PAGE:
- Despite the dividend cut, Intel’s EV/EBITDA valuation remains above historical levels.
- In 2022, Intel took steps to receive cash from revenue faster than it would otherwise have been via receivables factoring.
- There seem to be internal issues at Intel that we think must be resolved before re-assessing the stock.
What Comes Next?
Intel (NASDAQ:INTC) rocked investors when it announced it was cutting its dividend by 66% to $0.125 per share annually. The news, which came in a special company call, was not a surprise for those who follow us (you can read our article where we discussed a looming dividend cut here), but it was indeed received as a surprise by the wider market since the stock dropped almost 6% on the news.
Cutting the dividend was, in our view, prudent. Doing so saves the company almost $4 billion per year in cash in a time when it is burning through it at a rapid clip. The company also guided that it would be reducing CapEx spend overall by about 30%. Even with these reductions, we estimate that total CapEx spending could go north of $15 billion in 2023.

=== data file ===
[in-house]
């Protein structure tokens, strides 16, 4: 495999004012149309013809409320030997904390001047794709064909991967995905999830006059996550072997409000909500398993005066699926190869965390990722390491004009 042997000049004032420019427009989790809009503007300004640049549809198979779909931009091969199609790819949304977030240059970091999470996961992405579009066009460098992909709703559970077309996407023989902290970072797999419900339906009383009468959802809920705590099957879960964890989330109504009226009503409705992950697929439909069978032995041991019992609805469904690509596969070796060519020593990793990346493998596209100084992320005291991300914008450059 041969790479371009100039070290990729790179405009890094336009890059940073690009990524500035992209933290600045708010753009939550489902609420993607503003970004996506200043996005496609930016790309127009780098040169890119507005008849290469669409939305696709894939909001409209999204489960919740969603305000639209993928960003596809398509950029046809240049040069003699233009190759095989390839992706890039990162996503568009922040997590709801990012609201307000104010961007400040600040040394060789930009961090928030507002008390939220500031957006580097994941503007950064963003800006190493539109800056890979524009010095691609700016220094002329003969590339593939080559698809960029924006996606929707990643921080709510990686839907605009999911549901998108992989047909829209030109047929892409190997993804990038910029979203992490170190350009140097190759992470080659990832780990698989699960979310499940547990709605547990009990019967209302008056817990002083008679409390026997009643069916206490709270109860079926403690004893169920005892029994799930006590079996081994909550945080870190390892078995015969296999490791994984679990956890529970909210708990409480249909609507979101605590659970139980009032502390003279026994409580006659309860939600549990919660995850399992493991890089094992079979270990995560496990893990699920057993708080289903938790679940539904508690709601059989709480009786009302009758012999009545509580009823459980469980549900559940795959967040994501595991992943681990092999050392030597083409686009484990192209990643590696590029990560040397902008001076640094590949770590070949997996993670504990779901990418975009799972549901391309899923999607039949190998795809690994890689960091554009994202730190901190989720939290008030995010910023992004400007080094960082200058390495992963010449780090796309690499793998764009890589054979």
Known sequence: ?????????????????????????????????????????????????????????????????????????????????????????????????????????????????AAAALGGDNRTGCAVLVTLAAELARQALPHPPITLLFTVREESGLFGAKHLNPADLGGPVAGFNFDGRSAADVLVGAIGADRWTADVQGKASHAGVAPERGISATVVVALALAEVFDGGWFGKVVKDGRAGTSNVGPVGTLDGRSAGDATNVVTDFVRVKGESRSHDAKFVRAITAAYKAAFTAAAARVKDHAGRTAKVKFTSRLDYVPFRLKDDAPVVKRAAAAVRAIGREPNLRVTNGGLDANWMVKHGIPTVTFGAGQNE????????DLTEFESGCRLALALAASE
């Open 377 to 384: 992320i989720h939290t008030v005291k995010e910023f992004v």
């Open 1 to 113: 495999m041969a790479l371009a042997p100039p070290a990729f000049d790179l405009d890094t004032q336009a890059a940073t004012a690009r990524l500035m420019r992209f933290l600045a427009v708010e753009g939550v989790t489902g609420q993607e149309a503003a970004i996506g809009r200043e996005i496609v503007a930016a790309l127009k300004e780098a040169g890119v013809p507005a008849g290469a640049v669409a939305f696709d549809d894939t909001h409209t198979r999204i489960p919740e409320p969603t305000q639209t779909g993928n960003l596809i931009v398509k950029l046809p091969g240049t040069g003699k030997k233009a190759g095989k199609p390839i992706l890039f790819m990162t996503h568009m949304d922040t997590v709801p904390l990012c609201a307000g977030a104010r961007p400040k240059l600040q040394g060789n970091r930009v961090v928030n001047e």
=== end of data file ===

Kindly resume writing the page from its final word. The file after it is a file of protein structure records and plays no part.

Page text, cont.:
With these estimates, we want to address in this article what is likely on the minds of most shareholders–what can we expect from Intel going forward, and what value we ascribe to shares of the company today.
Value Is In The Eye Of The Beholder
Since Intel declined to provide full year guidance, the majority of our analysis of Intel’s current value will rest on historical precedent.
Let’s start with a look back over a 10-year period at Intel’s quarterly EBITDA.
Over the last ten years, the company has averaged quarterly EBITDA of $6.7 billion. This is a far cry from the previous three quarters, in all of which the company reported less than $4 billion.
Over the past ten years, the market has assessed an average trailing EV/EBITDA to Intel of 6.8x. When you account for the price decline in the stock already, we see that the current trailing valuation stands at 7.7x, down from almost 8.5x.